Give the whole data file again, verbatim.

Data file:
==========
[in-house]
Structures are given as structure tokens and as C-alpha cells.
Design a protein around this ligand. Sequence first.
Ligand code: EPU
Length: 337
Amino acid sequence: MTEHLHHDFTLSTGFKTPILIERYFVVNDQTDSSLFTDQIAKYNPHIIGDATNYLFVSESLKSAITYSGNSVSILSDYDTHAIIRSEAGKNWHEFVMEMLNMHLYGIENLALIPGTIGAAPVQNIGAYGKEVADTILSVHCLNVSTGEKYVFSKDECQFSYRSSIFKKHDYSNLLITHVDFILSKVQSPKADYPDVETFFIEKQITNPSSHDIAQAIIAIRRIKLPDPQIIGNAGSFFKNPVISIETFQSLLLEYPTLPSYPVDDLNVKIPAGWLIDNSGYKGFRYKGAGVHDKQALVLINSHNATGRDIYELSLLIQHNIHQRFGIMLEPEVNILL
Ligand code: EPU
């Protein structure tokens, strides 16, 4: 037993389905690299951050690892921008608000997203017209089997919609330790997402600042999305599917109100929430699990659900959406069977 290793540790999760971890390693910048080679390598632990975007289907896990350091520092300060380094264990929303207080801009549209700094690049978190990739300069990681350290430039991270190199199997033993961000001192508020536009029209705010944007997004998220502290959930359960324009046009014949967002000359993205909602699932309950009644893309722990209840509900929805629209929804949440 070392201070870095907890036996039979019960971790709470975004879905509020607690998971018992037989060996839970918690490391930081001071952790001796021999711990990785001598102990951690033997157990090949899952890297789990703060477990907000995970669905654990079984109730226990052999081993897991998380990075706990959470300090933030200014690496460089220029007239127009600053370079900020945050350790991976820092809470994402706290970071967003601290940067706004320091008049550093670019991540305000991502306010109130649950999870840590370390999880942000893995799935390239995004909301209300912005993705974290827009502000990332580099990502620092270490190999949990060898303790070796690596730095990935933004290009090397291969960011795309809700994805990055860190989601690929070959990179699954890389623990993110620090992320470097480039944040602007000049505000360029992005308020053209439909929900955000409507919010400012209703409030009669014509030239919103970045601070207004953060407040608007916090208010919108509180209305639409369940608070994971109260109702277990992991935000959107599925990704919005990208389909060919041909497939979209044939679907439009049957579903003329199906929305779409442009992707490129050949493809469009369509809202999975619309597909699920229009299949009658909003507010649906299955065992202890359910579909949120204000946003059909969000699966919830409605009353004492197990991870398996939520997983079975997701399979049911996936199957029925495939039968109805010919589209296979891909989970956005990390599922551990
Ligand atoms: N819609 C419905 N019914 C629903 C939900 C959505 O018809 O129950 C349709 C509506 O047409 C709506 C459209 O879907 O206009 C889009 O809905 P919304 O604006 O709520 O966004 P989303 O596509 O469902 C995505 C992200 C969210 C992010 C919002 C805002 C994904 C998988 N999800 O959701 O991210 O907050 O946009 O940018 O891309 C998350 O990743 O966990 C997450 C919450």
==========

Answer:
[in-house]
Structures are given as structure tokens and as C-alpha cells.
Design a protein around this ligand. Sequence first.
Ligand code: EPU
Length: 337
Amino acid sequence: MTEHLHHDFTLSTGFKTPILIERYFVVNDQTDSSLFTDQIAKYNPHIIGDATNYLFVSESLKSAITYSGNSVSILSDYDTHAIIRSEAGKNWHEFVMEMLNMHLYGIENLALIPGTIGAAPVQNIGAYGKEVADTILSVHCLNVSTGEKYVFSKDECQFSYRSSIFKKHDYSNLLITHVDFILSKVQSPKADYPDVETFFIEKQITNPSSHDIAQAIIAIRRIKLPDPQIIGNAGSFFKNPVISIETFQSLLLEYPTLPSYPVDDLNVKIPAGWLIDNSGYKGFRYKGAGVHDKQALVLINSHNATGRDIYELSLLIQHNIHQRFGIMLEPEVNILL
Ligand code: EPU
């Protein structure tokens, strides 16, 4: 037993389905690299951050690892921008608000997203017209089997919609330790997402600042999305599917109100929430699990659900959406069977 290793540790999760971890390693910048080679390598632990975007289907896990350091520092300060380094264990929303207080801009549209700094690049978190990739300069990681350290430039991270190199199997033993961000001192508020536009029209705010944007997004998220502290959930359960324009046009014949967002000359993205909602699932309950009644893309722990209840509900929805629209929804949440 070392201070870095907890036996039979019960971790709470975004879905509020607690998971018992037989060996839970918690490391930081001071952790001796021999711990990785001598102990951690033997157990090949899952890297789990703060477990907000995970669905654990079984109730226990052999081993897991998380990075706990959470300090933030200014690496460089220029007239127009600053370079900020945050350790991976820092809470994402706290970071967003601290940067706004320091008049550093670019991540305000991502306010109130649950999870840590370390999880942000893995799935390239995004909301209300912005993705974290827009502000990332580099990502620092270490190999949990060898303790070796690596730095990935933004290009090397291969960011795309809700994805990055860190989601690929070959990179699954890389623990993110620090992320470097480039944040602007000049505000360029992005308020053209439909929900955000409507919010400012209703409030009669014509030239919103970045601070207004953060407040608007916090208010919108509180209305639409369940608070994971109260109702277990992991935000959107599925990704919005990208389909060919041909497939979209044939679907439009049957579903003329199906929305779409442009992707490129050949493809469009369509809202999975619309597909699920229009299949009658909003507010649906299955065992202890359910579909949120204000946003059909969000699966919830409605009353004492197990991870398996939520997983079975997701399979049911996936199957029925495939039968109805010919589209296979891909989970956005990390599922551990
Ligand atoms: N819609 C419905 N019914 C629903 C939900 C959505 O018809 O129950 C349709 C509506 O047409 C709506 C459209 O879907 O206009 C889009 O809905 P919304 O604006 O709520 O966004 P989303 O596509 O469902 C995505 C992200 C969210 C992010 C919002 C805002 C994904 C998988 N999800 O959701 O991210 O907050 O946009 O940018 O891309 C998350 O990743 O966990 C997450 C919450």